Real-life inspiration: Henry Lee Lucas

Status: Died in prison in Florida, March 13, 2001

Cause of death: Heart failure

What happens in the movie: Is there one scene in this movie when somebody doesn’t get brutally murdered? No, there really isn’t. Henry Lee Lucas (Michael Rooker) is a man on a rampage and even murders his partner-in-crime Otis by brutally chopping up his body in a bath. He runs away with his lover Becky, but the chilling final scene where Lucas drives off alone, dumping a bloodstained suitcase in a ditch, leads us to believe that Becky didn’t exactly get the romantic break she was looking for.

What really happened: The problem with this disturbing movie is that it’s based on Henry Lee Lucas’ fantasies and confessions that were later proven to be impossible. Out of the 600 murders Lucas claimed to have committed, he was only convicted on 11. One of those was that of his girlfriend, who in real life was only 12 years-old. Henry Lee Lucas’ accomplice Otis, who was murdered and chopped up in the bath in the movie, was actually imprisoned in real life. So, unless he managed to miraculously survive and get himself sewn back together to appear in court, that gruesome scene never actually happened.

Real-life inspiration: The Zodiac Killer

Status: Unknown

Cause of death: Unknown

What happens in the movie: The film follows the detectives and journalists desperately searching for the San Francisco serial killer, the Zodiac, who gets a kick out of taunting his hunters with letters and cryptic messages. Political cartoonist Robert Graysmith (Jake Gyllenhaal) is convinced that convicted paedophile Arthur Allen Leigh (John Carroll Lynch) is the wanted murderer.

What really happened: The filmmakers claimed that nothing would be included in the film that wasn't substantiated by police reports, but it seems they may have been telling fibs. An angry consultant for the movie even released a detailed scene-by-scene analysis and built a website, claiming that elements of the plot were fabricated. Zodiac clearly points the bony finger of guilt at Arthur Leigh, but recent DNA tests on the Zodiac letters suggest that Allen could not have been the Zodiac. If Allen hadn’t died in 1992, it’s debatable whether the film could have made the screens in its final form.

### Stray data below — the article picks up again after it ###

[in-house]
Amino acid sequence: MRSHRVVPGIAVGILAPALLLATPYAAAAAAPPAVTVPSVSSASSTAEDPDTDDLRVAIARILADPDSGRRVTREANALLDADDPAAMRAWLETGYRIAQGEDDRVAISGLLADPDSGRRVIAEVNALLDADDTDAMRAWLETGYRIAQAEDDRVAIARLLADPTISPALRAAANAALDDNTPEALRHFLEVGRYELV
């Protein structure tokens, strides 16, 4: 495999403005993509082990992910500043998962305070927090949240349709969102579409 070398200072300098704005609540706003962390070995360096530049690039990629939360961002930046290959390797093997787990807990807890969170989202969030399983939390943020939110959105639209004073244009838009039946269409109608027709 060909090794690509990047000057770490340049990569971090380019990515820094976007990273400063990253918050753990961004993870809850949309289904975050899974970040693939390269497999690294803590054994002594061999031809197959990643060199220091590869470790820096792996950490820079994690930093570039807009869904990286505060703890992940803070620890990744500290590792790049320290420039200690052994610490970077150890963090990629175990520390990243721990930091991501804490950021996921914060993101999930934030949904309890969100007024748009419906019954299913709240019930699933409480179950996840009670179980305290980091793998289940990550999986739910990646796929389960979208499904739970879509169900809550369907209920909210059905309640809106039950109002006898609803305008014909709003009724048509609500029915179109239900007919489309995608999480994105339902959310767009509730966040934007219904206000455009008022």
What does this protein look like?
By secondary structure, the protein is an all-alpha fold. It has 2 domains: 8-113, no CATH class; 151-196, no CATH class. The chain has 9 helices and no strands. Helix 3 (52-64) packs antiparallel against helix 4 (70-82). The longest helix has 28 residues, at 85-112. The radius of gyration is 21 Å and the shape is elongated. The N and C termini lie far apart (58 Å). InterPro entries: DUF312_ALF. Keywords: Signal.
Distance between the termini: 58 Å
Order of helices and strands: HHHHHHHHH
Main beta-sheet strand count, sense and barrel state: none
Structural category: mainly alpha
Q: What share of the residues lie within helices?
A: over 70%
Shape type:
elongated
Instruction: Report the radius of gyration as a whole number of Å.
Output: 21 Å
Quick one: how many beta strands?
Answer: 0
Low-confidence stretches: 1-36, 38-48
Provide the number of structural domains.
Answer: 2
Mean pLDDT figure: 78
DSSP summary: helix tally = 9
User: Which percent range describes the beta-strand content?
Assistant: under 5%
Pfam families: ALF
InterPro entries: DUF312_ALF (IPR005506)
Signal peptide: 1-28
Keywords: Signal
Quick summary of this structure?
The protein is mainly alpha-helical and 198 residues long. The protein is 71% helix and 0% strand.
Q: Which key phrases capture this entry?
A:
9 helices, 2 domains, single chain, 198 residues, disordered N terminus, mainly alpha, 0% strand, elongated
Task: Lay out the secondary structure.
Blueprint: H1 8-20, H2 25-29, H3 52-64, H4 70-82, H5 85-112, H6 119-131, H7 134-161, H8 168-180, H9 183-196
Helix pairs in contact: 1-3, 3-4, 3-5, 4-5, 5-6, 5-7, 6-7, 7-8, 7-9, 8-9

Real-life inspiration: Jack the Ripper

Status: Dead

Cause of death: Unknown

What happens in the movie: [Spoiler warning] Panic hits the streets of 19th century London after five prostitutes are brutally murdered in the jellied-eel part of the Old Smoke by a killer known as Jack the Ripper. Clairvoyant Inspector Frederick Abberline (Johnny Depp) discovers that a deranged doctor has been ordered to kill these five women as part of a cover-up by the Royal Family. The ripper’s final victim Mary Kelly (Heather Graham) wasn’t actually murdered and is able to secretly escape to lead a happy life. The same cannot be said for Inspector Abberline, as the pressure from the case causes him to overdose on opium. But the real Jack the Ripper is locked up in an asylum for his gruesome crimes.

What really happened: There are hundreds of theories about who Jack the Ripper was and what lay behind his diabolical crimes, but the idea of five prostitutes being the only guests at a secret royal wedding seems a little far-fetched. No-one has ever been convicted for these murders, so we will never know if the real Ripper lived a normal life or was locked in an asylum. There’s a very slim chance that Mary Kelly did find a happy ending but we doubt she ever spoke in that ridiculous Cockney accent. Inspector Abberline definitely did escape his movie death, though. In reality he lived to the ripe old age of 80 years old, though unfortunately without any known clairvoyant skills.

Real-life inspiration: David Berkowitz, aka Son of Sam

Status: Serving six life sentences in Sullivan Correctional Facility, New York

What happens in the movie: In Henry: Portrait Of A Serial Killer there was pretty much a murder in every scene. In Summer Of Sam substitute 'sexual tension' for 'murder'. Spike Lee’s drama focuses on the tensions and fear in an Italian-American neighbourhood during the Son of Sam murders in the summer of 1977, climaxing in a group attack on an innocent man. Berkowitz is a malevolent presence that hangs over the film like a toxic cloud, but his crimes rarely take centre stage.